So I mentioned some time ago that we have been working with the wild gang behind Songbird
to enable GStreamer on Windows and Mac. I already posted a shot of GStreamer running on Windows some time ago and today the time has come to show of a shot of GStreamer in action on the Mac.
One of the cool things we discovered was that we are able to provide smoother video seeking on the Mac than you get with the quicktime player.
Be aware that even if the application in the picture is a X11 application the video window is MacOSX native and the same with the sound output. A big thanks to Edward who has been fighthing with the ‘charms’ of MacOSX like crazy to make this happen :)
The call for applications to host GUADEC 2008 went out yesterday. One question that came up right away was if people outside Europe could apply to host GUADEC. I am not on the commitee deciding this, but from previous years discussions its not set in stone that it do happen within Europe. The requirements is more that it would be reasonably cheap for people living in Europe and north America to get there. This means that in my opinion a good application from for instance near-europe would have a good chance of getting the go ahead. I suggested in an earlier blog that a Moroccon Linux user group apply to host it in either Casablanca or Marrakesh. With companies like Easy Jet now flying there this is absolutly within the realm of feasible in terms of cost of travel for participants. And of course many near-europe countries come with the advantage that they offer cheap food and lodging once you get there.
That said I also think it would be great to see some east European applications this year. So far Guadec has moved up and down a rather strict north/south axis even within the borders of Europe.
So if you are part of a group of linux user group in east or near Europe this is the time to get moving on organizing an application to host the coolest conference in the free software world!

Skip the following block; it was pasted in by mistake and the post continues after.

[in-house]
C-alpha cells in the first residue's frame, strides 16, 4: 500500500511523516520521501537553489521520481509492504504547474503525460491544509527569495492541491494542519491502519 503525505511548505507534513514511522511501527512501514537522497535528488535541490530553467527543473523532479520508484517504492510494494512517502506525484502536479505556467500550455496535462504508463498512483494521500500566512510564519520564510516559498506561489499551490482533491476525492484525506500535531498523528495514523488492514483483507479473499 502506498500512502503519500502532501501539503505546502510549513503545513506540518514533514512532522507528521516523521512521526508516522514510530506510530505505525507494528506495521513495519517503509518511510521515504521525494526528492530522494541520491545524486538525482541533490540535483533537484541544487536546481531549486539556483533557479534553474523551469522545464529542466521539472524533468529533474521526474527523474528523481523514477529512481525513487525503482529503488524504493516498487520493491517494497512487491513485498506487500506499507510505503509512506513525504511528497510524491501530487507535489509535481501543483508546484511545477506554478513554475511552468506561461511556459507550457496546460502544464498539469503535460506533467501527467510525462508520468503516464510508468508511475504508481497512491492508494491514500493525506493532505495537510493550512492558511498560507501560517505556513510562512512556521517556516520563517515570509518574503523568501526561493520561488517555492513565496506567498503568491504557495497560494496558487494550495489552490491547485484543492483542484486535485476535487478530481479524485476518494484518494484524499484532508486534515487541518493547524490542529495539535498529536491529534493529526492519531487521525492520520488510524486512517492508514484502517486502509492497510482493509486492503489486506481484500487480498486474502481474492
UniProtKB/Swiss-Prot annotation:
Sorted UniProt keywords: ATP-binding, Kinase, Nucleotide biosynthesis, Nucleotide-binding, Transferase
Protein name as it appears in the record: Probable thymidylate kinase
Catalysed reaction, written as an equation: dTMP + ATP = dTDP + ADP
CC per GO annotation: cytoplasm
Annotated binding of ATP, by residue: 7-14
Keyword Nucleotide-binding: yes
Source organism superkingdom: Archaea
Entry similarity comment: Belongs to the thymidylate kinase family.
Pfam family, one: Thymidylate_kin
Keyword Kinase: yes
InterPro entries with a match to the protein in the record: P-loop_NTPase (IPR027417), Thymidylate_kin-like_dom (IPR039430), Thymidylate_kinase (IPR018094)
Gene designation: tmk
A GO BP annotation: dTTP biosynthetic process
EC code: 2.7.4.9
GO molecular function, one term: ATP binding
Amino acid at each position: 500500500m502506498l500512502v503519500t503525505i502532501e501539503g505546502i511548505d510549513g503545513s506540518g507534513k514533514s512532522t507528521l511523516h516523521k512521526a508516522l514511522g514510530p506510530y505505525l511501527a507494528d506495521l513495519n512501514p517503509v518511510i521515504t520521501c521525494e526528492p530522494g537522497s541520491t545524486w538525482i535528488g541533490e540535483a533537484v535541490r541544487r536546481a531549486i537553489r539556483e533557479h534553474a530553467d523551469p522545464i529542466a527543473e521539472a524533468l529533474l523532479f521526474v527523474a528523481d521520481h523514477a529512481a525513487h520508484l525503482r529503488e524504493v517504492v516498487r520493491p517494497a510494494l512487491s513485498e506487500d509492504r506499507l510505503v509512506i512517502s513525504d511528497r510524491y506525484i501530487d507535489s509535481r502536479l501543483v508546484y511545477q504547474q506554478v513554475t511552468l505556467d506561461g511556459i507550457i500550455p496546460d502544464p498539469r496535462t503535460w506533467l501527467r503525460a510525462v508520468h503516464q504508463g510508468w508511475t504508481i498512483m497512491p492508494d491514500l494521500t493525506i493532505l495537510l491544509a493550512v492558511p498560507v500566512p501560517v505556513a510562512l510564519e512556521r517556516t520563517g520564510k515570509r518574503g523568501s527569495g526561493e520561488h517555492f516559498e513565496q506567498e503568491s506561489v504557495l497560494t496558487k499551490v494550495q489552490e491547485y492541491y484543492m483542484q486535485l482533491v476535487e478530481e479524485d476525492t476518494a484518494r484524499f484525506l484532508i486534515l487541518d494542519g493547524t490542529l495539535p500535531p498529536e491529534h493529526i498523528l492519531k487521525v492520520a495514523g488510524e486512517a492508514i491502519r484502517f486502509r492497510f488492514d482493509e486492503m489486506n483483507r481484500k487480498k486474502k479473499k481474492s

The new deadline for Google Summer of Code proposals is 26th of March. So I strongly recommend any interested students to get moving on sending in their GStreamer related SoC proposals to the Freevo project. You find their project suggestions list here.
Dirk Meyer of the Freevo mediacenter project gst-devel today pointing to
the Freevo summer of code projects page. As you can see they have a lot of GStreamer related things as they are moving a lot of their infrastructure over to GStreamer these days. So I strongly encourage interested students to sign up for Freevo projects.
Aaron Bockover pointed on his blog to some interesting Banshee projects which also involve GStreamer, like making a GStreamer using Windows port of Banshee work perfectly. You find these projects here.
Also a general note to mentoring organisations who have students submit interesting GStreamer related proposals, please be aware that there are many people in the GStreamer community willing to mentor/co-mentor such projects. So if you need mentors with strong GStreamer knowledge for your projects please let us know.
Having discussed how to evolve GNOME on LUGRadio I figured that
an interesting proposal for a Google Summer of Code project would be to fork GTK+. Many people in the community have talked about how GNOME 3 would need to happen outside the current structures. I also think that nothing fundamental will change in GNOME without a new GTK+ giving the impetous for such a change. So a enterprising student could put together a proposal for taking GTK+ and trying to make a ‘Beryl’ version. The goal might not need to be to create something that would actually become GTK+, but instead come up with changes to GTK+ that enables some stunning graphical effects inside GTK+ applications, kind what they are doing with Beryl on the window manager level. So the ‘fork’ would not care about things maintainability, portability or sensibiilty, but instead try to enable some select demo applications to do some amazing looking things. Enlightenment (which also sports a GUI toolkit these days) would be a good example for ideas for some cool effects, Beryl another. Another idea could be to try to integrate librsvg with GTK+ and use it to do interesting things. The goal of such projects should simply be to try to inspire the GNOME community into taking the leap.
When GNOME originally came out its themeing capabilities essentially set the bar for letting users and developers change the look and feel of their desktop. Lets try to do so again :)